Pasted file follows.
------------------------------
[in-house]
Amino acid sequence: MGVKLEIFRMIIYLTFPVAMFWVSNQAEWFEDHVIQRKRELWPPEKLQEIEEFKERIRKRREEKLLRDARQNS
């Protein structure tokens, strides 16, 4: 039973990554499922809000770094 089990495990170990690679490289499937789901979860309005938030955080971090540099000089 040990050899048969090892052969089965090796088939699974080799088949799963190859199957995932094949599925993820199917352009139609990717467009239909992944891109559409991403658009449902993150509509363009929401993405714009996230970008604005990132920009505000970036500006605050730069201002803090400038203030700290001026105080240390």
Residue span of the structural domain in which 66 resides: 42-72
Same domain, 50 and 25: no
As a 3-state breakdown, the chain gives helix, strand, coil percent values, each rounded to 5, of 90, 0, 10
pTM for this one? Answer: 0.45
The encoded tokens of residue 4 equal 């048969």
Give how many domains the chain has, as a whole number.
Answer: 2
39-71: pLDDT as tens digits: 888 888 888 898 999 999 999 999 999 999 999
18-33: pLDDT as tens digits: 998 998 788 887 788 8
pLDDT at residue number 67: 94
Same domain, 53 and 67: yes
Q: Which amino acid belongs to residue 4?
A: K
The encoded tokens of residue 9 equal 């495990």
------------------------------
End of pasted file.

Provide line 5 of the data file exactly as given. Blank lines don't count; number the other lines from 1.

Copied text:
Same domain, 50 and 25: no